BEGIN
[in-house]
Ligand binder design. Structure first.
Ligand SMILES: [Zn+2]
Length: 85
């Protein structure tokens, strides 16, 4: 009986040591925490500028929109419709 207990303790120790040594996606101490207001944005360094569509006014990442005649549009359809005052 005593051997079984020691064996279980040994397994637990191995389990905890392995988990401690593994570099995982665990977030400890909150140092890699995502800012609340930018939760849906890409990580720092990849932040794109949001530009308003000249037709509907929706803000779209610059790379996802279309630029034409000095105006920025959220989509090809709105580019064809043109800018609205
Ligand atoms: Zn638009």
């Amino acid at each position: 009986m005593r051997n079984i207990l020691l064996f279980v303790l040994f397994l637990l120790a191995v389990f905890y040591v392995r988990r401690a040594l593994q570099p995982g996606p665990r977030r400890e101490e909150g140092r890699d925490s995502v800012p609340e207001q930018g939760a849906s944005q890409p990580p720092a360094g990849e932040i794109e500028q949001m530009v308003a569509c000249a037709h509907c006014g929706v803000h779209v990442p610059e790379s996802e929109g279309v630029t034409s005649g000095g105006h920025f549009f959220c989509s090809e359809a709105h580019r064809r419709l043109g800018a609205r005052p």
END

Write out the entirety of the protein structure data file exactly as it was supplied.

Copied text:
[in-house]
Ligand binder design. Structure first.
Ligand SMILES: [Zn+2]
Length: 85
């Protein structure tokens, strides 16, 4: 009986040591925490500028929109419709 207990303790120790040594996606101490207001944005360094569509006014990442005649549009359809005052 005593051997079984020691064996279980040994397994637990191995389990905890392995988990401690593994570099995982665990977030400890909150140092890699995502800012609340930018939760849906890409990580720092990849932040794109949001530009308003000249037709509907929706803000779209610059790379996802279309630029034409000095105006920025959220989509090809709105580019064809043109800018609205
Ligand atoms: Zn638009």
């Amino acid at each position: 009986m005593r051997n079984i207990l020691l064996f279980v303790l040994f397994l637990l120790a191995v389990f905890y040591v392995r988990r401690a040594l593994q570099p995982g996606p665990r977030r400890e101490e909150g140092r890699d925490s995502v800012p609340e207001q930018g939760a849906s944005q890409p990580p720092a360094g990849e932040i794109e500028q949001m530009v308003a569509c000249a037709h509907c006014g929706v803000h779209v990442p610059e790379s996802e929109g279309v630029t034409s005649g000095g105006h920025f549009f959220c989509s090809e359809a709105h580019r064809r419709l043109g800018a609205r005052p």